Community Platforms

Apparently I’m not alone in thinking about community platforms. Chris Prillo is talking about the tools available for community owners, operators, moderators and members. Adam Kalsey talks about the work on IMified, SacStarts and ActivityStream. Both are building on top of Drupal, which has generated support from Boris Mann of Raincity Studios. I haven’t done a lot of work on Drupal in recent years, I last evaluated it for a project in 2005. But the superb work of the Raincity Studios and Lullabot continues to blow me away.

But I started to wonder what other software platforms were available for building communities. Here is the list that I was able to come up with:

There are other tools like the Community Platform that powers http://expression.microsoft.com/ and TechNet and MSDN, that are not commercially available.

I’m starting to think about the tools that we’re missing to enable the Toronto community. The discussion has focused around the technical details of the platform:

  • OpenSocial
  • OpenID
  • OAuth

But it’s when Chris talks about the functionality and participation and discovery that I start to think about the potential and needs.

I don’t want a social network, I want a socially *RELEVANT* network (both on-site and beyond). I don’t want a community platform, I want a participation platform where members are rewarded and ranked appropriately. I don’t want a place where people can just blog, because I’m going well beyond the blog. It’s not just about hosting videos, audio files, or any piece of random media – it’s the discovery mechanisms between them that make them more relevant.

It’s discovery – no matter the community, no matter the type of content. Imagine coming to a site and not just reading about what other people are interested in, but what interests they SHARE with you! Imagine coming to a site and seeing how someone ranks in answers pertaining to your own questions! Oh, I’m confident you may have seen these features elsewhere – but what about for your own site, what about for your own community, what about for your own ideas?

It’s about the connections, the participation, and the discovery of relevant details. Time to think about this a little more.

19 thoughts on “Community Platforms”

  1. This is something we struggled with at TakingITGlobal some six or seven years ago. In creating a suite of tools for action and means for communication we felt challenged to help people discover and expose the threads that connected their interactions using the various features we provided.<br />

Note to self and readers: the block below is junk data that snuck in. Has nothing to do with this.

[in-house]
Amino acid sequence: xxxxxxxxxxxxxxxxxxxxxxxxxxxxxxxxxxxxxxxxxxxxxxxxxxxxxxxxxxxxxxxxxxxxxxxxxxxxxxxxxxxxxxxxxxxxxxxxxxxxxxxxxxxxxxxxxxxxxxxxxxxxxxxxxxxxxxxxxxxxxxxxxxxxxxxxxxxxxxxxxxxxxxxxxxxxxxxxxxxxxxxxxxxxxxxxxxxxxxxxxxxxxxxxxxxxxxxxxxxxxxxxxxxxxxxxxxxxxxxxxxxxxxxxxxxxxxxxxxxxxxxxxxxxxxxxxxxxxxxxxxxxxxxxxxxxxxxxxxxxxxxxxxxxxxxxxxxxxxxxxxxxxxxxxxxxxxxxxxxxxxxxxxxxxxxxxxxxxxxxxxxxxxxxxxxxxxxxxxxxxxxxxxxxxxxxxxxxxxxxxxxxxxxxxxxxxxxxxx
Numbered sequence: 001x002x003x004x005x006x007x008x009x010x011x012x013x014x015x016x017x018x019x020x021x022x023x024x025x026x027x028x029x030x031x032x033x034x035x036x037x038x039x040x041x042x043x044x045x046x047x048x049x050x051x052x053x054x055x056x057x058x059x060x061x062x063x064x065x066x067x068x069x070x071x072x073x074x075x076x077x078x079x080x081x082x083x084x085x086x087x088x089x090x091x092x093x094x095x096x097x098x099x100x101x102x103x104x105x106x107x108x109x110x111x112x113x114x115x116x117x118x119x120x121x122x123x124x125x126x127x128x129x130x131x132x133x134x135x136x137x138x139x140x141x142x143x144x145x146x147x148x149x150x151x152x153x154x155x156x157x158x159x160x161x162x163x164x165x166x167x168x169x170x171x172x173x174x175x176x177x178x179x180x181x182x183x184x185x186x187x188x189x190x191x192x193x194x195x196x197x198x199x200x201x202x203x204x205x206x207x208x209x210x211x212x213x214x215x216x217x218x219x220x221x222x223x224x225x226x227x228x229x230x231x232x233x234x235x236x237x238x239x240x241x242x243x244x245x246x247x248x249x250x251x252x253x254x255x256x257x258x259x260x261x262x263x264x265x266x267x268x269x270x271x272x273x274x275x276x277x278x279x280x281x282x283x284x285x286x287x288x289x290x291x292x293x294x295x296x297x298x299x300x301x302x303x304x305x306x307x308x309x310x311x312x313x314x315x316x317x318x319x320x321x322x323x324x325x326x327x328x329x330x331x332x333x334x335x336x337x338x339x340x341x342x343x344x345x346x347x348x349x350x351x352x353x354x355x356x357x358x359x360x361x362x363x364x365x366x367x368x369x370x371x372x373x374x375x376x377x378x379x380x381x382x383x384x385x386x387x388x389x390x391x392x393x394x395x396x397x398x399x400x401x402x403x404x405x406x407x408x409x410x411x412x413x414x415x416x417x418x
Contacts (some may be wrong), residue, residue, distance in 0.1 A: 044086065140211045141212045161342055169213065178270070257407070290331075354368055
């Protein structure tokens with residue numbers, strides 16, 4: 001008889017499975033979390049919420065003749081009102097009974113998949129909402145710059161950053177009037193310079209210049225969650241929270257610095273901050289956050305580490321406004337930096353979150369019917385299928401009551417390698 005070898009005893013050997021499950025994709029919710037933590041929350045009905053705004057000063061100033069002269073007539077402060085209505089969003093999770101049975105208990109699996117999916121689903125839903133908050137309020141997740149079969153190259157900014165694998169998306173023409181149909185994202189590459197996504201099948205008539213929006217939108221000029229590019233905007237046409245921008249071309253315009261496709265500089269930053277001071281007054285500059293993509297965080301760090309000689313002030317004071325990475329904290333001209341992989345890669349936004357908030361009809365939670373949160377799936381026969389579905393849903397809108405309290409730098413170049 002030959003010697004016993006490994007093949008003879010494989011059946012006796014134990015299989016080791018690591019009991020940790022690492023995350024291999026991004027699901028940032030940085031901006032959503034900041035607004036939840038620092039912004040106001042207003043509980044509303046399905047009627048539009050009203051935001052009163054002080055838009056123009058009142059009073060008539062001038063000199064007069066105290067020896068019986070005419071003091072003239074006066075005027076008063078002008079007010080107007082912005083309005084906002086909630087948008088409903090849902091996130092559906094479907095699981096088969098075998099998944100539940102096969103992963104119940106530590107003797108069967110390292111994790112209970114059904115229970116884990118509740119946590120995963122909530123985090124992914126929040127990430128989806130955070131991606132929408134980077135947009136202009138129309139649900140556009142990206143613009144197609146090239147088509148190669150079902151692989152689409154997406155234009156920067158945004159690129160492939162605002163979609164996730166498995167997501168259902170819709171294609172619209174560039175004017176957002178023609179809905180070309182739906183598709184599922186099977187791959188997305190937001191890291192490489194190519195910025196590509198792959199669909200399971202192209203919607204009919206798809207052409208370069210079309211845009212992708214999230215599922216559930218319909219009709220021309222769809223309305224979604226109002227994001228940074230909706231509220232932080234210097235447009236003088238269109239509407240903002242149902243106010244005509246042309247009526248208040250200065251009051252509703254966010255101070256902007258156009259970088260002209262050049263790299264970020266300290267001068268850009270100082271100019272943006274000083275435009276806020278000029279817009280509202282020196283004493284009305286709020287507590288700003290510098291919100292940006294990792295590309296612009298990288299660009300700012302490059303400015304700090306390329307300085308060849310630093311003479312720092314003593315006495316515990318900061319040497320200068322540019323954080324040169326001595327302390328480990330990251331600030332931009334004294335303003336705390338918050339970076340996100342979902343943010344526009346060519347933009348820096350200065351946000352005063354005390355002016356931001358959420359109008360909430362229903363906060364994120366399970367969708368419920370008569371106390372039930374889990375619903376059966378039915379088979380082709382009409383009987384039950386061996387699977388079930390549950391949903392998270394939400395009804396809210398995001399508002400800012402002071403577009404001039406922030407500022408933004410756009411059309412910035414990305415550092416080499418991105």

<br />
    Initiatives such as the TIG Projects app (<a href="http://projects.takingitglobal.org/), " target="_blank"><a href="http://projects.takingitglobal.org/)," target="_blank">http://projects.takingitglobal.org/),</a> </a>which integrates the organisation's email groups system (I built that!), country sites (such as <a href="http://canada.takingitglobal.org/), " target="_blank"><a href="http://canada.takingitglobal.org/)," target="_blank">http://canada.takingitglobal.org/),</a> </a>and, over the last four years, TIGed (<a href="http://www.takingitglobal.org/tiged/) " target="_blank"><a href="http://www.takingitglobal.org/tiged/)" target="_blank">http://www.takingitglobal.org/tiged/)</a> </a>have been ways in which we/they have I think quite successfully worked to implement the things you and Chris Pirillo talk about.

  2. I think Facebook is actually a good starting point for a community, because no matter how good the platform is, there will always be the issue of getting people there. With 1 in 5 Torontonians already on Facebook, I think there is a strong potential to really bring the Toronto DemoCamp community together in a group on Facebook. People can post events, photos, share news, discuss stuff and most importantly …&quot;see&quot; other members and connect with them online. How about using Facebook to manage the event registration instead of Eventbrite for local Democamps ?

  3. To me the issue is less the platform and more than it aggregates and disseminates information to sites that are used by community members.<br />
    <br />
    Most communities are not homogenous. Members come to a community with a variety of interests and spend time on sites in proportion to those interests. To me this is the inherent problem with platforms that want to become a destination for a community. While being a destination can to help define the community at the same time one needs to overcome the personal habit and individual interest &ndash; which may in aggregate actually be the thing most community members value in the community.<br />
    <br />
    What I&rsquo;d like to see is a platform that recognizes communities are networks of interests (people &amp; organizations) and doesn&rsquo;t try to become a destination &ndash; but enriches the entire ecosystem by distributing the comment, discussion and event notice throughout the ecosystem &ndash; so the opportunity for shared experience actually increases because every site becomes (in part) a reflection of the community.